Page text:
OUtdoor Sikh wedding, not in the Gurdwara. THey put a sub-flooring so their guests would be comfortable.

Tips for A Non-Gurdwara Anand Karaj Sikh Wedding Ceremony

Sikh maryada, usually calls for the Anand Karaj ceremony to take place in a Gurdwara. However, some couples opt to complete the ceremony in other venues for a variety of reasons, including:

  • space capacity
  • desire to be outdoors
  • desire to have a baraat (some Gurdwaras don’t allow dancing on premises)
  • destination wedding

Non-Gurdwara Wedding Ceremony Video Examples

Videos: Robles Video Productions

Here are tips for having a non-Gurdwara Anand Karaj.

  1. Find a Granthi who will perform the ceremony. Not all will.
    seating at the Anabd Karaj Sikh Indian Punjabi wedding ceremony on the beach in Phuket Thailand
    Anand Karaj on the beach in Phuket, Thailand

    2. Arrange sub-flooring for outdoor ceremonies, you’re going to need some type of sub-flooring so your guests are comfortable and not sitting directly on the grass nor the ground. Talk to your decor vendor about the best material based on your venue. At this wedding the flooring was arranged by the Pink Rock Events as well as KUMBA Entertainment, it was made of plywood and covered with carpet. Keep-in-mind that some venues may be charge extra or have time restrictions on how long the flooring can be laid down. For instance, this venue pictured here had strict time restrictions as they were worried about the flooring damaging their grass. As soon as (and I mean AS SOON AS) the ceremony finished the venue’s staff was overseeing tearing down the flooring.

    photo: Greycard Photography

    3. Might ruin the grass –The venue mentioned above stopped watering that area 24 hours prior to the wedding This was that venue’s first time doing a wedding ceremony with this kind o flooring (Yay to them for being open-minded) BUT afterwards, the venue told us they’d no longer going to offer this, as it “killed” their grass.

    OUtdoor Sikh wedding, not in the Gurdwara. THey put a sub-flooring so their guests would be comfortable.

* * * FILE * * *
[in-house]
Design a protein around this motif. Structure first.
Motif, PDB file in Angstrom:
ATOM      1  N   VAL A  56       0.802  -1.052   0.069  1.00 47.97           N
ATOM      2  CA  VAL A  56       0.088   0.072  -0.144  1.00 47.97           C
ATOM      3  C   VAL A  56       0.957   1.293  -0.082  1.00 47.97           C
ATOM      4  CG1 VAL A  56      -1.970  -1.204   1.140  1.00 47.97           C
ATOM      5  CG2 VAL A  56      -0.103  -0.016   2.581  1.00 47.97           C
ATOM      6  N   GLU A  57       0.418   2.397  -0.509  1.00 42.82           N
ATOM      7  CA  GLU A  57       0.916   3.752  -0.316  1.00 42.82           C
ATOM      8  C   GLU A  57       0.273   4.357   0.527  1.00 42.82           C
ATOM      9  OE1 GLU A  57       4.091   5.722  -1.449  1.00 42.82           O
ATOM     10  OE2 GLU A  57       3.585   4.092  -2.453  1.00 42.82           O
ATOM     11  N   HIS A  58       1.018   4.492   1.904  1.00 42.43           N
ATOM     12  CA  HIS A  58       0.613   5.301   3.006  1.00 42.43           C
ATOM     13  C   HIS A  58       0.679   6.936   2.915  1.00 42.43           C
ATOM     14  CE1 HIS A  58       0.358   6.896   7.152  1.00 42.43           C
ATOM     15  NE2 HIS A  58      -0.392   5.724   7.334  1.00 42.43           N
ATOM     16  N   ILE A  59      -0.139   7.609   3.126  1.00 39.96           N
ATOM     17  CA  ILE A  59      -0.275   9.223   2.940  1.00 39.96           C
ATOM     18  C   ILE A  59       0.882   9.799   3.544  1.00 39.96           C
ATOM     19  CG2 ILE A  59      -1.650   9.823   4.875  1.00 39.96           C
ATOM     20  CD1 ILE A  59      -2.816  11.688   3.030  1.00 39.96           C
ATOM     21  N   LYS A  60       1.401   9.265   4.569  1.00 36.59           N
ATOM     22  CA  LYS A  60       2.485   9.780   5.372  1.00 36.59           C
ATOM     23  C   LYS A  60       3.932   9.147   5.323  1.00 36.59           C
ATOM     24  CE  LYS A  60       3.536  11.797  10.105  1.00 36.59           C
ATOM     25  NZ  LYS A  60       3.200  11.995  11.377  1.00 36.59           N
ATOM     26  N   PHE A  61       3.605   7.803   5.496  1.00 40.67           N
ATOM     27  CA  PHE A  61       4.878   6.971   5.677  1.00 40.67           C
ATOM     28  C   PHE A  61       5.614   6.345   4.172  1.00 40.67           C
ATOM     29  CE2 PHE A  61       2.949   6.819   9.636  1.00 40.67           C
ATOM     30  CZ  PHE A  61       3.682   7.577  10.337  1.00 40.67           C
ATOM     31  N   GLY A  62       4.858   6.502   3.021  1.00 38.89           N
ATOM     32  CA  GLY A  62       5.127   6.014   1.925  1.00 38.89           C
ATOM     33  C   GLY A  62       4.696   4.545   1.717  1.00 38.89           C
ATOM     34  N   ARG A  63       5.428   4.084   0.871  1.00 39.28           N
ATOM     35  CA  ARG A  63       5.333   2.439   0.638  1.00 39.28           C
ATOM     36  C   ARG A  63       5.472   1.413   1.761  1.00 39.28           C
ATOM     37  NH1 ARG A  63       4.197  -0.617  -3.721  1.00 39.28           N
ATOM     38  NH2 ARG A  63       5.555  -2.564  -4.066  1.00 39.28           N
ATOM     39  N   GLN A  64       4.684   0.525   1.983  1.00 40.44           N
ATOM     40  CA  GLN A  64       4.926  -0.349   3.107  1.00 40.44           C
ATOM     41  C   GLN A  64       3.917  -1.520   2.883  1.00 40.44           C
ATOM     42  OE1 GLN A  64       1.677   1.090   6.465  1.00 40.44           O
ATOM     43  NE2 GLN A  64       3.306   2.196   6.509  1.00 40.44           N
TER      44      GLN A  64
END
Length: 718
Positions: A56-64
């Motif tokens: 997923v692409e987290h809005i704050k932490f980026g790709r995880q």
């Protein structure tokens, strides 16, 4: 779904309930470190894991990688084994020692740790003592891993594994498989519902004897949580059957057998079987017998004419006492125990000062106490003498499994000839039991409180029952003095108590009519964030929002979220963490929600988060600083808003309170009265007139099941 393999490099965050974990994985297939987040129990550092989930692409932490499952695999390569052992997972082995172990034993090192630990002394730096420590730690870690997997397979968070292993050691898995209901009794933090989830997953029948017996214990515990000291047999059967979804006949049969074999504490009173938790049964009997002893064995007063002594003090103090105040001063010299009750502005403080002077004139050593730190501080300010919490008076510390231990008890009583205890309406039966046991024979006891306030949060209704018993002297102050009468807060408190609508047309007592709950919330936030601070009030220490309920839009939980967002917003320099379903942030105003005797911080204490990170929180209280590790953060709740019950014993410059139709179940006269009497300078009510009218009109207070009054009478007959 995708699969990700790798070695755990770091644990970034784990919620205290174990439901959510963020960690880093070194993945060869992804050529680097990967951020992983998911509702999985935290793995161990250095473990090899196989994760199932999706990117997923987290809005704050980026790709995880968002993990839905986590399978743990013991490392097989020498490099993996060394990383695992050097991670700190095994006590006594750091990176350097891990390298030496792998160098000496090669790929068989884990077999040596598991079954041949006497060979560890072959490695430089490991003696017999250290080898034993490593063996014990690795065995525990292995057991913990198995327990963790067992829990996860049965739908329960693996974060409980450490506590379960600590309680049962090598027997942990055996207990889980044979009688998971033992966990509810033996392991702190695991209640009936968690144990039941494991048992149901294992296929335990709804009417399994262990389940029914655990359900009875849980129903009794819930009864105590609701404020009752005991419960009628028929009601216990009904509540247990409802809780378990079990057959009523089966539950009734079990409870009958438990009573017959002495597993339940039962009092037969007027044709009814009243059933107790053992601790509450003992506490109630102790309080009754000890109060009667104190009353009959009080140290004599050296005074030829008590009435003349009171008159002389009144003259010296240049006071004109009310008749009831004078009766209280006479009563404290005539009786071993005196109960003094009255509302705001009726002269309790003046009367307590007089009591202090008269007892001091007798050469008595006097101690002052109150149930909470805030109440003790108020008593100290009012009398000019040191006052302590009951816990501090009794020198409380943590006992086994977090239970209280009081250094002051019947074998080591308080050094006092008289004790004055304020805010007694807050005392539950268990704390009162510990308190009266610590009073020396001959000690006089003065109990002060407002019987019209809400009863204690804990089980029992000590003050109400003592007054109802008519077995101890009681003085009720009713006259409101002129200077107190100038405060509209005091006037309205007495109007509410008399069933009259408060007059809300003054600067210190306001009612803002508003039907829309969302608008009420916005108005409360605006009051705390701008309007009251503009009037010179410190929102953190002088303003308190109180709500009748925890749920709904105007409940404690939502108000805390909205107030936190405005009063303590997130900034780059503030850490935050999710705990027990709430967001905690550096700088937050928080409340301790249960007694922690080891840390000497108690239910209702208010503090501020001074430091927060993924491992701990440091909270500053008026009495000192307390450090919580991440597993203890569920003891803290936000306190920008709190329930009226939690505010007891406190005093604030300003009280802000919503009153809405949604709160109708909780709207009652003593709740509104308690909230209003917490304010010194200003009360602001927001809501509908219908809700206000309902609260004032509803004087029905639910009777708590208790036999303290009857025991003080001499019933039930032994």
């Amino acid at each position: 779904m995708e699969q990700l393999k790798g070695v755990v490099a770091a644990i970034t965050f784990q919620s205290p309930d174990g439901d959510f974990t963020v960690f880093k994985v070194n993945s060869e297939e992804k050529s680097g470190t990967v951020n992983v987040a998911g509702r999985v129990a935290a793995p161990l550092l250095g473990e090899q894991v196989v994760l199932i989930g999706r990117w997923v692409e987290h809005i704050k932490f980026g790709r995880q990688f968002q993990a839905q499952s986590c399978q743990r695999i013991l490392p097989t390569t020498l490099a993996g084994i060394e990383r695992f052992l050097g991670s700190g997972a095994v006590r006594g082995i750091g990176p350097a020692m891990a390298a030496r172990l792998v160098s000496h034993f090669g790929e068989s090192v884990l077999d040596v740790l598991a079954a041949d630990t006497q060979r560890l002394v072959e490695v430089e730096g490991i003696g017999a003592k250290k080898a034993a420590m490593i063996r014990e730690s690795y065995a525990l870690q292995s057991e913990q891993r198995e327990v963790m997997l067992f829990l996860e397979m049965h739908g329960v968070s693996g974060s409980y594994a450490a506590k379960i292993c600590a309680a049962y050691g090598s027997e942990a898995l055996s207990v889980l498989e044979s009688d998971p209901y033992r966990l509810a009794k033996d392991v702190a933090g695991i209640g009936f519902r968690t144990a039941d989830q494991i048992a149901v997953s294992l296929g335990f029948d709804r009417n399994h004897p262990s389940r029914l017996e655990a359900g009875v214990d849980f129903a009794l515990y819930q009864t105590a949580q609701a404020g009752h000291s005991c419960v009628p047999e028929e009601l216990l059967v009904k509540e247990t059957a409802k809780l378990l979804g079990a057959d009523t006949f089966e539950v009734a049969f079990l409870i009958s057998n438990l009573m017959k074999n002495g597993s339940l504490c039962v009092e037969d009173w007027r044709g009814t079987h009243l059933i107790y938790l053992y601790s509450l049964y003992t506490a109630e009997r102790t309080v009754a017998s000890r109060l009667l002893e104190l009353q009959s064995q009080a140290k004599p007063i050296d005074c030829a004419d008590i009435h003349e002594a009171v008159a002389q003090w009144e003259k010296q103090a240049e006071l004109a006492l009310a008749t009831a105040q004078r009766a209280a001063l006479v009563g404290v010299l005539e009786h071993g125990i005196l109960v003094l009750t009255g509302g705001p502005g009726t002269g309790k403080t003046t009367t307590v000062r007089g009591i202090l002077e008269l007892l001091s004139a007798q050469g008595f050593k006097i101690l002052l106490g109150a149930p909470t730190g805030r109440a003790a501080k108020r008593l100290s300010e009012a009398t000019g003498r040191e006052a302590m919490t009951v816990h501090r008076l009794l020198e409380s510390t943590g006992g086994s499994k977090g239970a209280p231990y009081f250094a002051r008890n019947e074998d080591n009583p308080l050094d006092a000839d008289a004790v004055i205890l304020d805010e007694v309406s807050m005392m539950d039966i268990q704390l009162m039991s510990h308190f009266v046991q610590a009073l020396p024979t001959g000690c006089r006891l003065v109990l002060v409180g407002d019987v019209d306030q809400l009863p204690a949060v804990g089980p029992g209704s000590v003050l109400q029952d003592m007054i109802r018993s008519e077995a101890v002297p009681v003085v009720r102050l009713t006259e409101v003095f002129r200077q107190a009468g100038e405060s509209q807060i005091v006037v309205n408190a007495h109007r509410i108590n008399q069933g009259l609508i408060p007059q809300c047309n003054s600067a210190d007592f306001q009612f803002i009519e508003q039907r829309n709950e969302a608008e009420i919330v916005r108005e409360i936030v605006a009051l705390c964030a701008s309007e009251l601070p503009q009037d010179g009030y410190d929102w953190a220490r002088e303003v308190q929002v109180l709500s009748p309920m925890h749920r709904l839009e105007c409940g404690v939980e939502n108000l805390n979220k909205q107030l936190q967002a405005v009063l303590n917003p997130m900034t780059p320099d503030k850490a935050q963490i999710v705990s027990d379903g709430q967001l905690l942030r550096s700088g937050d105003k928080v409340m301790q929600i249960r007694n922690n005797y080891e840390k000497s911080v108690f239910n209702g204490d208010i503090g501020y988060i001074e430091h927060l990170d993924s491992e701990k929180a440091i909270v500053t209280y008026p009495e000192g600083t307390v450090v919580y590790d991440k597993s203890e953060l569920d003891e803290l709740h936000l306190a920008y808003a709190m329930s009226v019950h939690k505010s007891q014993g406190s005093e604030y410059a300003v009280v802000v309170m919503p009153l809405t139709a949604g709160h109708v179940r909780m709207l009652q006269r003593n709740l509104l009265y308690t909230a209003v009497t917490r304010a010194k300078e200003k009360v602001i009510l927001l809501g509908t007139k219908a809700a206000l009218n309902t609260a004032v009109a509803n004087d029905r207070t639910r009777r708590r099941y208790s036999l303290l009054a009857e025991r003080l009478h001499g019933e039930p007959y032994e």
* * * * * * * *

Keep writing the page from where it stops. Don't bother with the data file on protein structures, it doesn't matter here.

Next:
photo: Greycard Photography

    4. Designate a place for shoes. You don’t really want your elegant beautiful ceremony (and photos) to be ruined by shoes all over the place. Bring in some racks or shelving.

    5. Arrange rumaals and extra dupattas (handkerchiefs and scarves) to be distributed. There may be some guests who are unfamiliar with the customs or that simply forget their handkerchief or scarf that day. This is an opportunity for you to coordinate them with your decor colors. As you can see when everyone is matchy matchy the photos look great!
    Guys wearing rumaal during Sikh Punjabi, Anand Karaj, Indian wedding in Phuket, Thailand.
    6. Share customs and traditions beforehand. It’s possible that not everyone attending your wedding is Sikh, thus they may be unfamiliar with customs and traditions. Try to put yourself in their shoes and use the recommendations below. Do them and yourself a favor and send them a “Welcome to your first Sikh wedding!” email. Include the do’s and dont’s and answer questions like “what about a wedding gift”?  Some examples of what to include:

  • Don’t wear clothes where your body will be exposed – sleeveless, legs showing, strapless. More details about what to wear, what not to wear, and how many outfits they’ll need. If you really wanna make an impression, send links or info where they can buy or rent Indian clothes or if you have any friends that are willing to let your guests borrow some. Another thing you could do is have chudiyan and bindis for your guests available when they arrive for the ceremony for anyone to wear or for your friends little kids – they will love it and appreciate your thoughtfulness.
  • I observed a young girl who was embarrassed in a Gurdwara when she innocently placed a paper prayer book on the floor, vs. on top of a cloth and someone pointed it out to her in kind of a not cool way. 
  • Bring a scarf (ladies) or a handkerchief (men) to cover your head. Your head must be covered at all times inside the Gurdwara.
  • How to pronounce Gurdwara (Goor-d-waa-ra)
  • Explain what they can expect during the ceremony: what will happen before i.e. there’s a baraat (groom’s procession) where everyone will dance, so come prepared to have fun and wear comfortable shoes! , how long the ceremony will be, what will happen after the ceremony (food, games, vidai). And then explain what happens after that, for example everyone heads to the reception or everyone leaves the venues and returns in the evening for cocktail hour and the reception.
  • If you’ve made arrangements for people to have their sari’s tied or dupattas draped, include that info.
  • Tell them what to expect in terms of food and drink – what meal(s) will be served, will it be all vegetarian or vegetarian and non-vegetarian?  Also include whether the food will be spicy
  • You will be required to remove your shoes to enter the Gurdwara (No Exceptions!)
  • You’ll be sitting on the floor, without a place to rest your back.
  • Is it ok to get up and use the restroom during the ceremony?

These are all things that anyone who has never been to a Sikh wedding or to a Gurdwara will be wondering. And you will be a truly excellent host and friend for anticipating your guests’ questions and getting ahead of them.

ShaadiShop Tools And Resources That You Might Like:

  1. Our Sikh Weddings Pinterest board.
  2. ShaadiShop’s 2020, 2021 and 2022 South Asian Social Calendar
  3. ShaadiShop’s Indian Wedding Budget Infographic (downloadable)
  4. ShaadiShop’s Indian Wedding Budget Tracker (downloadable)

Cover image: Greycard Photography

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